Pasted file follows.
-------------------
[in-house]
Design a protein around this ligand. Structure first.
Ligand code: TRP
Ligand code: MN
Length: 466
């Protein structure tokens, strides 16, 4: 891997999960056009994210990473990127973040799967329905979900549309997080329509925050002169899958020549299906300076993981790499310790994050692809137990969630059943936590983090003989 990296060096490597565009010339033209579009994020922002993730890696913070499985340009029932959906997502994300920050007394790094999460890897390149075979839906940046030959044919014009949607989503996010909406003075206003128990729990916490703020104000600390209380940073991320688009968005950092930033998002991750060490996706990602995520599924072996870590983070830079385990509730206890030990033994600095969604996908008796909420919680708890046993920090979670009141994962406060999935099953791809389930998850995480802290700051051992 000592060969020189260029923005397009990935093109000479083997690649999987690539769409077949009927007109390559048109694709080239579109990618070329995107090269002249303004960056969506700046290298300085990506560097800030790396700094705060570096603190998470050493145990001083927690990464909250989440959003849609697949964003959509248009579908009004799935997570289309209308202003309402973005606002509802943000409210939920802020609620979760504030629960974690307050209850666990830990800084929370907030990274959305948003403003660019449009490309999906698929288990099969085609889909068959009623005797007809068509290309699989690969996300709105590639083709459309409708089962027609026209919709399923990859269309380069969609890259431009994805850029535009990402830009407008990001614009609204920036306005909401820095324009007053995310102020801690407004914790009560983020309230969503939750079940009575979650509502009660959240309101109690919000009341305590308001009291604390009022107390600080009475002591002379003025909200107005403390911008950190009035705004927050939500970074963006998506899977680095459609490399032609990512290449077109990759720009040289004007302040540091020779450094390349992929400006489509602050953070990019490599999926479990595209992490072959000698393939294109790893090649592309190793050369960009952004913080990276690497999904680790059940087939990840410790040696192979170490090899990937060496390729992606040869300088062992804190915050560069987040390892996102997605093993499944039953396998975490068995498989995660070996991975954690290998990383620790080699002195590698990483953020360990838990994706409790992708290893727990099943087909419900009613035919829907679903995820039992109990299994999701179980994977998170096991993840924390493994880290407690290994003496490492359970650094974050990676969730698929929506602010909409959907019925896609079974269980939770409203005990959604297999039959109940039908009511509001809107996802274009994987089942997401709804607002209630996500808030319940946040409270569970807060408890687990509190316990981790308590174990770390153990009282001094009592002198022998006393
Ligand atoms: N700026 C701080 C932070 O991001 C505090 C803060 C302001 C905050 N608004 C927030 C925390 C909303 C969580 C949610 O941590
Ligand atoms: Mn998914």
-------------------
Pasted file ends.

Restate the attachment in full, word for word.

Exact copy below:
[in-house]
Design a protein around this ligand. Structure first.
Ligand code: TRP
Ligand code: MN
Length: 466
């Protein structure tokens, strides 16, 4: 891997999960056009994210990473990127973040799967329905979900549309997080329509925050002169899958020549299906300076993981790499310790994050692809137990969630059943936590983090003989 990296060096490597565009010339033209579009994020922002993730890696913070499985340009029932959906997502994300920050007394790094999460890897390149075979839906940046030959044919014009949607989503996010909406003075206003128990729990916490703020104000600390209380940073991320688009968005950092930033998002991750060490996706990602995520599924072996870590983070830079385990509730206890030990033994600095969604996908008796909420919680708890046993920090979670009141994962406060999935099953791809389930998850995480802290700051051992 000592060969020189260029923005397009990935093109000479083997690649999987690539769409077949009927007109390559048109694709080239579109990618070329995107090269002249303004960056969506700046290298300085990506560097800030790396700094705060570096603190998470050493145990001083927690990464909250989440959003849609697949964003959509248009579908009004799935997570289309209308202003309402973005606002509802943000409210939920802020609620979760504030629960974690307050209850666990830990800084929370907030990274959305948003403003660019449009490309999906698929288990099969085609889909068959009623005797007809068509290309699989690969996300709105590639083709459309409708089962027609026209919709399923990859269309380069969609890259431009994805850029535009990402830009407008990001614009609204920036306005909401820095324009007053995310102020801690407004914790009560983020309230969503939750079940009575979650509502009660959240309101109690919000009341305590308001009291604390009022107390600080009475002591002379003025909200107005403390911008950190009035705004927050939500970074963006998506899977680095459609490399032609990512290449077109990759720009040289004007302040540091020779450094390349992929400006489509602050953070990019490599999926479990595209992490072959000698393939294109790893090649592309190793050369960009952004913080990276690497999904680790059940087939990840410790040696192979170490090899990937060496390729992606040869300088062992804190915050560069987040390892996102997605093993499944039953396998975490068995498989995660070996991975954690290998990383620790080699002195590698990483953020360990838990994706409790992708290893727990099943087909419900009613035919829907679903995820039992109990299994999701179980994977998170096991993840924390493994880290407690290994003496490492359970650094974050990676969730698929929506602010909409959907019925896609079974269980939770409203005990959604297999039959109940039908009511509001809107996802274009994987089942997401709804607002209630996500808030319940946040409270569970807060408890687990509190316990981790308590174990770390153990009282001094009592002198022998006393
Ligand atoms: N700026 C701080 C932070 O991001 C505090 C803060 C302001 C905050 N608004 C927030 C925390 C909303 C969580 C949610 O941590
Ligand atoms: Mn998914």